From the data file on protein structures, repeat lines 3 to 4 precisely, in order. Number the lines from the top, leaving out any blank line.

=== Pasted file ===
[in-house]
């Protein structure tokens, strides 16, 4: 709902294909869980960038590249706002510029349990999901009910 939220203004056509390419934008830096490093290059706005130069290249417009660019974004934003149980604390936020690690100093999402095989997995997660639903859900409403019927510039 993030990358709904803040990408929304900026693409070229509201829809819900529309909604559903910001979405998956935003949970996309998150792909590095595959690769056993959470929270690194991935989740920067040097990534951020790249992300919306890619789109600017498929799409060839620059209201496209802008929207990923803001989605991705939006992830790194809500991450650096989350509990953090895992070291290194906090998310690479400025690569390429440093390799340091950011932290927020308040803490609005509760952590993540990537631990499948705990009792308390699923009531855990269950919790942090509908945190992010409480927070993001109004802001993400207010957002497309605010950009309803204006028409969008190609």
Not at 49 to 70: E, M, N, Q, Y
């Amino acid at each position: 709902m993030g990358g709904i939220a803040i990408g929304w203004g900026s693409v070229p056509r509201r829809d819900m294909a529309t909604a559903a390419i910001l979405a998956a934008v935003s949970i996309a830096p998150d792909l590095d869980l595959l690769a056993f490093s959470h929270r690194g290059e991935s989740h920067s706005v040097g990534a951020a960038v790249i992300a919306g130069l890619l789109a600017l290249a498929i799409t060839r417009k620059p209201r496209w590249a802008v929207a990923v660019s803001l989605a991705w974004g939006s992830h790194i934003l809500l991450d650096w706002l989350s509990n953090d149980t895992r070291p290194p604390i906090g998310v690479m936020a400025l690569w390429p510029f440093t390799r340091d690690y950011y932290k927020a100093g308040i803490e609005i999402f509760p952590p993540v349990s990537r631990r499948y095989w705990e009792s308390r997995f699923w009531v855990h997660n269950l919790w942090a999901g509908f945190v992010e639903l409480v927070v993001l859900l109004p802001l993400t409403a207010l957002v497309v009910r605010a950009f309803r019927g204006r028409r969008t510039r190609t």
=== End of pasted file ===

Not at 49 to 70: E, M, N, Q, Y
């Amino acid at each position: 709902m993030g990358g709904i939220a803040i990408g929304w203004g900026s693409v070229p056509r509201r829809d819900m294909a529309t909604a559903a390419i910001l979405a998956a934008v935003s949970i996309a830096p998150d792909l590095d869980l595959l690769a056993f490093s959470h929270r690194g290059e991935s989740h920067s706005v040097g990534a951020a960038v790249i992300a919306g130069l890619l789109a600017l290249a498929i799409t060839r417009k620059p209201r496209w590249a802008v929207a990923v660019s803001l989605a991705w974004g939006s992830h790194i934003l809500l991450d650096w706002l989350s509990n953090d149980t895992r070291p290194p604390i906090g998310v690479m936020a400025l690569w390429p510029f440093t390799r340091d690690y950011y932290k927020a100093g308040i803490e609005i999402f509760p952590p993540v349990s990537r631990r499948y095989w705990e009792s308390r997995f699923w009531v855990h997660n269950l919790w942090a999901g509908f945190v992010e639903l409480v927070v993001l859900l109004p802001l993400t409403a207010l957002v497309v009910r605010a950009f309803r019927g204006r028409r969008t510039r190609t």